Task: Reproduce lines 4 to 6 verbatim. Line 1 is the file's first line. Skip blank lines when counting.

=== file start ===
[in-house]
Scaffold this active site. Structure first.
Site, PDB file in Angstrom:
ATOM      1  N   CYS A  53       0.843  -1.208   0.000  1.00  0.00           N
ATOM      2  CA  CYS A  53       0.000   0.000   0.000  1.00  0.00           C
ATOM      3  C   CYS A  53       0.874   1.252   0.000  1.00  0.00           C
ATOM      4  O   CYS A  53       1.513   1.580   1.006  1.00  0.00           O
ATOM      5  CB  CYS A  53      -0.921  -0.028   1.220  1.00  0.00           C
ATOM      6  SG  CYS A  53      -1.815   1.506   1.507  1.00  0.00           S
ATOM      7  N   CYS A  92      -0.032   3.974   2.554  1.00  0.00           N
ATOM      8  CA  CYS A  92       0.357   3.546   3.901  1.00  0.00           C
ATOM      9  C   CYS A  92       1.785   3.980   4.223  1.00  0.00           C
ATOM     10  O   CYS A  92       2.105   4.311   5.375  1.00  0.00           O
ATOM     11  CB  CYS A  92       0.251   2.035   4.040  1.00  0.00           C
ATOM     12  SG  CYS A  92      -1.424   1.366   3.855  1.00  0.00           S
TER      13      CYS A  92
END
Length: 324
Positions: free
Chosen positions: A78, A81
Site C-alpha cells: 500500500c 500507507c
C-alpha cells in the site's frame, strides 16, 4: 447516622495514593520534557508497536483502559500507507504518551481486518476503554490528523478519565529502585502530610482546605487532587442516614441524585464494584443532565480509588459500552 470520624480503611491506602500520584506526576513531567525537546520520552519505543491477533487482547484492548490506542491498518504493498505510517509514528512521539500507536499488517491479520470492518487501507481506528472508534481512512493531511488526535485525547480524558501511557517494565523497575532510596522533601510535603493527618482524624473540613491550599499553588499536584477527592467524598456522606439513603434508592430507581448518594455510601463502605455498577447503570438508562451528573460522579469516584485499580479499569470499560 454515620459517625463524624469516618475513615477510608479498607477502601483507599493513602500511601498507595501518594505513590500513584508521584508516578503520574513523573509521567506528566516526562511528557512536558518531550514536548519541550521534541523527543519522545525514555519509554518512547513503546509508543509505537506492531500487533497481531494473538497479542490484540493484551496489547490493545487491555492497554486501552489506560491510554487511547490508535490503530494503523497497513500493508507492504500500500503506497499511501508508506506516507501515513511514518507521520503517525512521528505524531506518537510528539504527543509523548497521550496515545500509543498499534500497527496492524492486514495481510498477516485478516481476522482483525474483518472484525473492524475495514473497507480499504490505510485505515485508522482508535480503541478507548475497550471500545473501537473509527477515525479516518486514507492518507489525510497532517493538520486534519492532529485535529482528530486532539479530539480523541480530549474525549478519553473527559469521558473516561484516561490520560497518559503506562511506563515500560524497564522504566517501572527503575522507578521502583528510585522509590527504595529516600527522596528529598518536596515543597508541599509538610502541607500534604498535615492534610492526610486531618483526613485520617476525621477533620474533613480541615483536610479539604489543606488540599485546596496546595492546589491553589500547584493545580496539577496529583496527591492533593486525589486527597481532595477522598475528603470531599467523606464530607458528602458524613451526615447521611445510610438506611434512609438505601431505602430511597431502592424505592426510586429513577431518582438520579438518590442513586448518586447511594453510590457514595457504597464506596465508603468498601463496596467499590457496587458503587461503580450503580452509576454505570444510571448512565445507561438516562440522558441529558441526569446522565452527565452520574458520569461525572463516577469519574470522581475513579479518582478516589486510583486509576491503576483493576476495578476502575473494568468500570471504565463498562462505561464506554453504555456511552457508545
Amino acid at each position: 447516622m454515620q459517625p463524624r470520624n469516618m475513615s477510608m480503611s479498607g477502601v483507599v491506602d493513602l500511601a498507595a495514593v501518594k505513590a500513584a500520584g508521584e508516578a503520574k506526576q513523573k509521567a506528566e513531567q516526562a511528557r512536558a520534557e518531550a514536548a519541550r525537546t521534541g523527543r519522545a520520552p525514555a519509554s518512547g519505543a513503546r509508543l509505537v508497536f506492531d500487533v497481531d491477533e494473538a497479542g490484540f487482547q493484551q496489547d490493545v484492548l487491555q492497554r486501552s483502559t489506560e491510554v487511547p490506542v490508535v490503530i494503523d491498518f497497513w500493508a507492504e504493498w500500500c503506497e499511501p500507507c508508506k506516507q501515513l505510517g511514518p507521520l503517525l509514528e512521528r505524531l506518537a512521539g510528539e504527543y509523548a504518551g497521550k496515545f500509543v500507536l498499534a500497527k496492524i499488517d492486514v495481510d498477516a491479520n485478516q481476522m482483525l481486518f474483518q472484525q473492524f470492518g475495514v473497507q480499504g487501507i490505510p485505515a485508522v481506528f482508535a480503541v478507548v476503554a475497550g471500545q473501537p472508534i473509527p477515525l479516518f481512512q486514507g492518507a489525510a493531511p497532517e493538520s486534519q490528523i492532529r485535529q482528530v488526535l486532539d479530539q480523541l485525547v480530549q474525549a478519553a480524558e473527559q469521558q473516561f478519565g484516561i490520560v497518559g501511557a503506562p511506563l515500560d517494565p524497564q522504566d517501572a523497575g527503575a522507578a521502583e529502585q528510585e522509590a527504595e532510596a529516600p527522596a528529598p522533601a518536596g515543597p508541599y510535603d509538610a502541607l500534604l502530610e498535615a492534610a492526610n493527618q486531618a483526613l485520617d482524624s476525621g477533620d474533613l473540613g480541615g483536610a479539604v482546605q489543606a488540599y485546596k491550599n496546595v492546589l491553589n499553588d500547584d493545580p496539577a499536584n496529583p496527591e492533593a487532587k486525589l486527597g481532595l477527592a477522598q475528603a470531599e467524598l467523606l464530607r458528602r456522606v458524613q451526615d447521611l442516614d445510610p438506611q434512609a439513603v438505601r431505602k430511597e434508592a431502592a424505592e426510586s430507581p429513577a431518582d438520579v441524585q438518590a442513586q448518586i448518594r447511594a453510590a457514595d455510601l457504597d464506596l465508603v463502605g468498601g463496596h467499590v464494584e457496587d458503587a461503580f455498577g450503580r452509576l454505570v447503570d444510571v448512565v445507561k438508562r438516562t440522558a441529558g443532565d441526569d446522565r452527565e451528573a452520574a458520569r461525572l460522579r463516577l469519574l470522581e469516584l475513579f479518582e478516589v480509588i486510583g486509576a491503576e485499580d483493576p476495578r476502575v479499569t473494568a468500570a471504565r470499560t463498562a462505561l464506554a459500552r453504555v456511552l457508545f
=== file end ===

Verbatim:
ATOM      1  N   CYS A  53       0.843  -1.208   0.000  1.00  0.00           N
ATOM      2  CA  CYS A  53       0.000   0.000   0.000  1.00  0.00           C
ATOM      3  C   CYS A  53       0.874   1.252   0.000  1.00  0.00           C